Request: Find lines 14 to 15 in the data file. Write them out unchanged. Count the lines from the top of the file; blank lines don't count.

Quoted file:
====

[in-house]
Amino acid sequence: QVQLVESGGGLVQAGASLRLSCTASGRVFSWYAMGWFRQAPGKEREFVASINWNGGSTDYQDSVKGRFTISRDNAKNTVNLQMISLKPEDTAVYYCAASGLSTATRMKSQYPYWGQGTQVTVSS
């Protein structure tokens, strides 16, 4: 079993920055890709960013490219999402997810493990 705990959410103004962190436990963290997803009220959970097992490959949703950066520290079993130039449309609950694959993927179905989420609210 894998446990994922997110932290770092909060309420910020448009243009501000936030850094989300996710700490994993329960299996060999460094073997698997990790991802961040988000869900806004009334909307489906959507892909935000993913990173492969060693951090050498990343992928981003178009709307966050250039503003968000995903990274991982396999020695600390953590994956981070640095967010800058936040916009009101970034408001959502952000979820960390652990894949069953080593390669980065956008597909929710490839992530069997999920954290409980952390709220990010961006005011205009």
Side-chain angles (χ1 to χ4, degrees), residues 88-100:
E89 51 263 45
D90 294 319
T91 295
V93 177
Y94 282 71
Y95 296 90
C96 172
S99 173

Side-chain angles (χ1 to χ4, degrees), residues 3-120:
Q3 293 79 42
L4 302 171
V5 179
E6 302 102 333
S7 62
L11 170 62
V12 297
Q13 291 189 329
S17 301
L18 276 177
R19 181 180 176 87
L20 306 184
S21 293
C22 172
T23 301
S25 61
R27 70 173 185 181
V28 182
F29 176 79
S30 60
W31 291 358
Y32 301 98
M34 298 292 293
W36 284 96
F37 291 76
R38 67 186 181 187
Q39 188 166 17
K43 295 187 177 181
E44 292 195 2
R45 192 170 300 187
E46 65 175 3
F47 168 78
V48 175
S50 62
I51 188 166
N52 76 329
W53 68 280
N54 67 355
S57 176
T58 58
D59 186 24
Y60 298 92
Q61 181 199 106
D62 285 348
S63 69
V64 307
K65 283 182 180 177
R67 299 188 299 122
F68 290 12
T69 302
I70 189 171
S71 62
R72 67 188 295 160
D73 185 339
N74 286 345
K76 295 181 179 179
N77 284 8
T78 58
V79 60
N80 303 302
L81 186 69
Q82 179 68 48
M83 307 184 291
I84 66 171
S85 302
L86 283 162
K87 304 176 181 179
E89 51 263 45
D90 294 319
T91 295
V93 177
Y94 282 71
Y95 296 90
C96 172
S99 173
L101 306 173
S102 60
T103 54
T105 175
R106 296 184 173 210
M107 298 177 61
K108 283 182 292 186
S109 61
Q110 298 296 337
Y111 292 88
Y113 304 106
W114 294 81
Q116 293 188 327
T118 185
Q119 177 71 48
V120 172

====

Q3 293 79 42
L4 302 171